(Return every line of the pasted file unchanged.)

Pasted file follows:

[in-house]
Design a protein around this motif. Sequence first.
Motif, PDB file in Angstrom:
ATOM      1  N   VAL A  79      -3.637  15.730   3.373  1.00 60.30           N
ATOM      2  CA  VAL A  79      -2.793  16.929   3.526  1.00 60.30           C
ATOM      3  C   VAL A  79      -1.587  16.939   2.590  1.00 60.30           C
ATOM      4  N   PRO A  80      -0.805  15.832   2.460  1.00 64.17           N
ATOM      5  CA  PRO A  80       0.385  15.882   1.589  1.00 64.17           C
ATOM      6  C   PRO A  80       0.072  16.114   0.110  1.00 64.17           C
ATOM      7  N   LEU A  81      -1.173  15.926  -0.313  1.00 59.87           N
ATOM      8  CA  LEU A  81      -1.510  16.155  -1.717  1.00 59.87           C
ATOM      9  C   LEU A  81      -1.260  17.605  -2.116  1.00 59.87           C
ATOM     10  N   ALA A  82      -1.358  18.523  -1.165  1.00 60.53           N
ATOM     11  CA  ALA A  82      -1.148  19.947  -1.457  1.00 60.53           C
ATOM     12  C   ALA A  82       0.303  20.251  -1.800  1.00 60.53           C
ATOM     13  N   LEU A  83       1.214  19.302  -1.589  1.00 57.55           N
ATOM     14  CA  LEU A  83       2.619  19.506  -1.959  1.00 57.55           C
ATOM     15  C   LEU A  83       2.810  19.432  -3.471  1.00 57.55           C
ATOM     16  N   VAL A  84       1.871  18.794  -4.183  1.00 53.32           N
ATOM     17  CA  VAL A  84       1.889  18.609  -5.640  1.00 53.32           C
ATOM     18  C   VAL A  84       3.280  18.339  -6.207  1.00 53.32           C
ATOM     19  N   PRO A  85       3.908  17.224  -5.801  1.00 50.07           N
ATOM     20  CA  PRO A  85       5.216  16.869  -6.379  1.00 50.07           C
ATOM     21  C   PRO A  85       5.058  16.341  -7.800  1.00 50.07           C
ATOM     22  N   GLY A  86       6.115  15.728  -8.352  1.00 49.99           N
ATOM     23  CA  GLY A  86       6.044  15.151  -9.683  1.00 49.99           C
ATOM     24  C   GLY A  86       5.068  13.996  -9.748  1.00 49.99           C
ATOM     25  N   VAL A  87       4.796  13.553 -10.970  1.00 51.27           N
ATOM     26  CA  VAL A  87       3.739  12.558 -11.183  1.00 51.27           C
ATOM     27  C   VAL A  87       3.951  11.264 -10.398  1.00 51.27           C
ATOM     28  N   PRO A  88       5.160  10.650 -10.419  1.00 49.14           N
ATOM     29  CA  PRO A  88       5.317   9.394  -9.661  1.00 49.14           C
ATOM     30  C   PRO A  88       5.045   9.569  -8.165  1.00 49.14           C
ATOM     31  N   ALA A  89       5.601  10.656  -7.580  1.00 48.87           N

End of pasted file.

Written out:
[in-house]
Design a protein around this motif. Sequence first.
Motif, PDB file in Angstrom:
ATOM      1  N   VAL A  79      -3.637  15.730   3.373  1.00 60.30           N
ATOM      2  CA  VAL A  79      -2.793  16.929   3.526  1.00 60.30           C
ATOM      3  C   VAL A  79      -1.587  16.939   2.590  1.00 60.30           C
ATOM      4  N   PRO A  80      -0.805  15.832   2.460  1.00 64.17           N
ATOM      5  CA  PRO A  80       0.385  15.882   1.589  1.00 64.17           C
ATOM      6  C   PRO A  80       0.072  16.114   0.110  1.00 64.17           C
ATOM      7  N   LEU A  81      -1.173  15.926  -0.313  1.00 59.87           N
ATOM      8  CA  LEU A  81      -1.510  16.155  -1.717  1.00 59.87           C
ATOM      9  C   LEU A  81      -1.260  17.605  -2.116  1.00 59.87           C
ATOM     10  N   ALA A  82      -1.358  18.523  -1.165  1.00 60.53           N
ATOM     11  CA  ALA A  82      -1.148  19.947  -1.457  1.00 60.53           C
ATOM     12  C   ALA A  82       0.303  20.251  -1.800  1.00 60.53           C
ATOM     13  N   LEU A  83       1.214  19.302  -1.589  1.00 57.55           N
ATOM     14  CA  LEU A  83       2.619  19.506  -1.959  1.00 57.55           C
ATOM     15  C   LEU A  83       2.810  19.432  -3.471  1.00 57.55           C
ATOM     16  N   VAL A  84       1.871  18.794  -4.183  1.00 53.32           N
ATOM     17  CA  VAL A  84       1.889  18.609  -5.640  1.00 53.32           C
ATOM     18  C   VAL A  84       3.280  18.339  -6.207  1.00 53.32           C
ATOM     19  N   PRO A  85       3.908  17.224  -5.801  1.00 50.07           N
ATOM     20  CA  PRO A  85       5.216  16.869  -6.379  1.00 50.07           C
ATOM     21  C   PRO A  85       5.058  16.341  -7.800  1.00 50.07           C
ATOM     22  N   GLY A  86       6.115  15.728  -8.352  1.00 49.99           N
ATOM     23  CA  GLY A  86       6.044  15.151  -9.683  1.00 49.99           C
ATOM     24  C   GLY A  86       5.068  13.996  -9.748  1.00 49.99           C
ATOM     25  N   VAL A  87       4.796  13.553 -10.970  1.00 51.27           N
ATOM     26  CA  VAL A  87       3.739  12.558 -11.183  1.00 51.27           C
ATOM     27  C   VAL A  87       3.951  11.264 -10.398  1.00 51.27           C
ATOM     28  N   PRO A  88       5.160  10.650 -10.419  1.00 49.14           N
ATOM     29  CA  PRO A  88       5.317   9.394  -9.661  1.00 49.14           C
ATOM     30  C   PRO A  88       5.045   9.569  -8.165  1.00 49.14           C
ATOM     31  N   ALA A  89       5.601  10.656  -7.580  1.00 48.87           N